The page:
Dhaka

“Urban growth in Dhaka has been determined by the natural determinants since the Mughal period, and the city expansion during the Mughal period has also influenced the urban fabric of modern Dhaka. Mughals faced the problem of low land and climate hence developed along the Buriganga, whereas the natural determinants nowadays have shifted to the problem of flooding and changes in its physical landform. The increase in flooding is a reaction to the unplanned and spontaneous development due to rapid urbanization. Improper planning and urbanization are immediate issues that Dhaka has to solve.”

– Rachel Au Yeung, “Dhaka / Influence of Old Dhaka City to Modern Dhaka,” 2014

Narratives


Dhaka / Influence of Old Dhaka city to Modern Dhaka

Rachel T. Au-yeung

The old Dhaka city now remains as the historic core and commercial nerve of Dhaka. Due to the urbanization of Dhaka transforming into a megacity, population density pressurized urban planning and urban sprawl increased. It had gradually become congested because of unplanned growth. Since 1947, most parts of the area have been losing residential quality ...

Dhaka / Buriganga river

Rachel T. Au-yeung

The Buriganga River is an important aspect to the Dhaka where it was its main water supply and a key to its economic and social development. As commercial trade is the source of flourishment of Dhaka, the commercial core has always been situated near the riverbanks. Over the years, the Buriganga has suffered from pollution ...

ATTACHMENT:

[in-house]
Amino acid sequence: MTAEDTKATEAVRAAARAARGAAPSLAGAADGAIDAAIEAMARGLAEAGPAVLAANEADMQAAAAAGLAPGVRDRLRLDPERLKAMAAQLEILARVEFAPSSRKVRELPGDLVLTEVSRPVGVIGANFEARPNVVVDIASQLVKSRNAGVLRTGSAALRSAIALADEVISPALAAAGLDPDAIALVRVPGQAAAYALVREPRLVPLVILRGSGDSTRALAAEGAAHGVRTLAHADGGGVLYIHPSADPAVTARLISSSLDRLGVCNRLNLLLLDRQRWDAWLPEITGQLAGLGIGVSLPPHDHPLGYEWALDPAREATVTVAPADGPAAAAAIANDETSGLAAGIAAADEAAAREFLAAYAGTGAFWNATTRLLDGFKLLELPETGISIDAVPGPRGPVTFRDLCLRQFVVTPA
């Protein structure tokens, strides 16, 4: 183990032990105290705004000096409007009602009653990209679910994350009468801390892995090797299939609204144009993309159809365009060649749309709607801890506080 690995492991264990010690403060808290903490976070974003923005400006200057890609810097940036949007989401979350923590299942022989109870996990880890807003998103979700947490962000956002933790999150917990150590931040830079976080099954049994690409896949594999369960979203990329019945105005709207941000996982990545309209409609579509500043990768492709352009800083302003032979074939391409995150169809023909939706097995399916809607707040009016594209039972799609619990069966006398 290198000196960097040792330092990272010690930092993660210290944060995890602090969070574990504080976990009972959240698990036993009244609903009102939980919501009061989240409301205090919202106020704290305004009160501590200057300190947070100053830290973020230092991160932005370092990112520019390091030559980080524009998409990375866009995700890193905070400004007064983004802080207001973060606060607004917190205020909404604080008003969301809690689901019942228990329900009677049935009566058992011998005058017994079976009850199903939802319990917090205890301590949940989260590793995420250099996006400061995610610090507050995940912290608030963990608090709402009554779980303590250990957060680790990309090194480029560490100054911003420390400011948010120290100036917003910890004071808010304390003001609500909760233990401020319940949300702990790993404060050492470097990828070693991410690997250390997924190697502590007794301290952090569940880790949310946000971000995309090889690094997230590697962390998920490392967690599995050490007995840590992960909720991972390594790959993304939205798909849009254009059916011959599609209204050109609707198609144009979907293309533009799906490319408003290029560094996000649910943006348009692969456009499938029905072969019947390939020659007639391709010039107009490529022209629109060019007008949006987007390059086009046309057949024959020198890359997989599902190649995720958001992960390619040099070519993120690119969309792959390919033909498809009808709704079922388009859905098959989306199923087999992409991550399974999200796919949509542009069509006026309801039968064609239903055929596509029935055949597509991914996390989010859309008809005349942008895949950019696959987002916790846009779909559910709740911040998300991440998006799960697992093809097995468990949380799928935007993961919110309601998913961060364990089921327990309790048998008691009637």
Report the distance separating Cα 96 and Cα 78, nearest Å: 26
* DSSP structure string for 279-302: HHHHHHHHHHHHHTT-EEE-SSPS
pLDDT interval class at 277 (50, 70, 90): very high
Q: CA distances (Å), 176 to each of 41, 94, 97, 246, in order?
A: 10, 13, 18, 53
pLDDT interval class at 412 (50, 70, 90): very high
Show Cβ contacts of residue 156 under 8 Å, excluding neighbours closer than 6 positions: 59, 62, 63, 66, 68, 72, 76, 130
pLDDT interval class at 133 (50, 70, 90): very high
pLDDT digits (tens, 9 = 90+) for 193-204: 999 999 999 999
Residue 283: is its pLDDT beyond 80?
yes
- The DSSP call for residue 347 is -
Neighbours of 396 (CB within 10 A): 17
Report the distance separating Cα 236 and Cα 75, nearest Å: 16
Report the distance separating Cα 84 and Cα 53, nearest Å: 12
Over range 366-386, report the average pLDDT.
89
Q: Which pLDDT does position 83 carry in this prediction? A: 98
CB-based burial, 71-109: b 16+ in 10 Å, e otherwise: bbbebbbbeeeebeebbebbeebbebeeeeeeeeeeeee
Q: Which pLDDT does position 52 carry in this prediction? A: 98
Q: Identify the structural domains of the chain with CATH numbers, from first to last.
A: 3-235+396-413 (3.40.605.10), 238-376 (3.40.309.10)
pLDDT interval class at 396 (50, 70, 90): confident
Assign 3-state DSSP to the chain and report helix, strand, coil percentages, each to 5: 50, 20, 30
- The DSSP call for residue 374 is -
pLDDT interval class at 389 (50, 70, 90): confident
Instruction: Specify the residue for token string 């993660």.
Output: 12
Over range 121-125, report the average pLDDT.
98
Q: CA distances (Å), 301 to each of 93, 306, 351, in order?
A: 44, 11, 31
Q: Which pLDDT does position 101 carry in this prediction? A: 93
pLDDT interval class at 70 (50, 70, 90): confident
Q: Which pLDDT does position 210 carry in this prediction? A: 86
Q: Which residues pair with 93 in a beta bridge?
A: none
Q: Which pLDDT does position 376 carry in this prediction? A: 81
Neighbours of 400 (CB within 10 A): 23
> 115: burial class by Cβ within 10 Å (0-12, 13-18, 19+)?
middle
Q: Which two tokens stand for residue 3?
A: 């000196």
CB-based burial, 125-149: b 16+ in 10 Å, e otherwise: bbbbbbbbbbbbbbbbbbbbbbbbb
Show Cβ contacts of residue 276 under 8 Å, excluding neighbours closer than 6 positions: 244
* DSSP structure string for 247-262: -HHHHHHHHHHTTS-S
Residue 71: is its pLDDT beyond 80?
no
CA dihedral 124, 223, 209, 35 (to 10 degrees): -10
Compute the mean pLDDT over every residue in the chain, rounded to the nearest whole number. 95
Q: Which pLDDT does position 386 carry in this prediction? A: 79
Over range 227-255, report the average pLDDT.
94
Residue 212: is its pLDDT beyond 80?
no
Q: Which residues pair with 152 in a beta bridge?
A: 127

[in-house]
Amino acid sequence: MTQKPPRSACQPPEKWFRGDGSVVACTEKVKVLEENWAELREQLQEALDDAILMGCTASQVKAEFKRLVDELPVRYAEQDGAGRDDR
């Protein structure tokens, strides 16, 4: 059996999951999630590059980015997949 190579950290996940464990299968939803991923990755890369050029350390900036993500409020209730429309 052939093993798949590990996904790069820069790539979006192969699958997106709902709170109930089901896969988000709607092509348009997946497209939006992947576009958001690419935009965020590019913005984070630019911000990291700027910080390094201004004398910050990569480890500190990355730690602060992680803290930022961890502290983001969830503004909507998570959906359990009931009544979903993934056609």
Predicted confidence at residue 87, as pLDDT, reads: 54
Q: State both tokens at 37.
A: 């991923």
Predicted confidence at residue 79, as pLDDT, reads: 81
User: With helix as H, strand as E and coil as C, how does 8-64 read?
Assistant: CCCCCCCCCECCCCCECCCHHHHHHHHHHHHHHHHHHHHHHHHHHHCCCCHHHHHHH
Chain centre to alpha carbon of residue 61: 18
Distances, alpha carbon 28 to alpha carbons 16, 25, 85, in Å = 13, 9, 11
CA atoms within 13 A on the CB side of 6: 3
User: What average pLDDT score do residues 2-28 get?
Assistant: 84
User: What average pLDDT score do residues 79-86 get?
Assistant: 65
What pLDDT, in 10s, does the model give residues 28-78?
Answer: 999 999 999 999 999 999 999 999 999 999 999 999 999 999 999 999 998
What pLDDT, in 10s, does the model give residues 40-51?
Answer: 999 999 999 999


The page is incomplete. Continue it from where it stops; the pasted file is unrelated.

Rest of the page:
Dhaka (1608-1757) / Bara Katra

Rachel T. Au-yeung

Mughal nobilities built mosques, katras, palaces and forts in establishing their power in Dhaka. Living along the Buriganga river was especially the most prized residential area. The nobles maintained garden houses within the heavily populated part of the city but segregated themselves from the lower class. These spacious houses built within large gardens were primarily ...

Dhaka (1608-1757) / Urban fabric of Mughal Period

Rachel T. Au-yeung

The modern urban fabric was influenced by the street network from Mughal Dhaka. The layout of the city was in clusters of areas and the street network was irregular and intricate. The unsystematic pattern of roads from Old Dhaka (within the Lalbagh and Kotwali areas) is visible in the modern maps with the webbed and ...

Dhaka (1608-1757) / Expansion of Dhaka

Rachel T. Au-yeung

The expansion of the urban fabric of Dhaka had been dominated by the physical configuration its topography, particularly the surrounding water bodies and its mainly flat landform. Early settlements grew along the Buriganga river, and it was during the Mughal reign from 1608AD that the trading town was transformed into the capital city of Bengal. ...

Dhaka/ Influence of British Rule in the Modernization of Dhaka – Buckland Flood Protection Embankment

Vivian W.L. Lee

Buckland Flood Protection Embankment, was the first attempt of the British in dealing with the flood that threated Dhaka since the development of the city.  It was the decade when the British Crown first took control of Dhaka, proposer of the embankment, Charles Thomas Buckland, was appointed the commissioner of Dhaka during 1864-1869.  Nowadays, the area ...

Dhaka/ Influence of British Rule in the Modernization of Dhaka – New Town Planning

Vivian W.L. Lee

This article will focus on the influence of the British Rule in the planning of city-scape.  In 1885, when Frederick Wyer, the Collector of Dhaka, suggested the idea of developing the jungle-beset area with “board roads and proper drains”, Wari, as the only locality developed as a fully planned residential area where the upper-middle class ...

 

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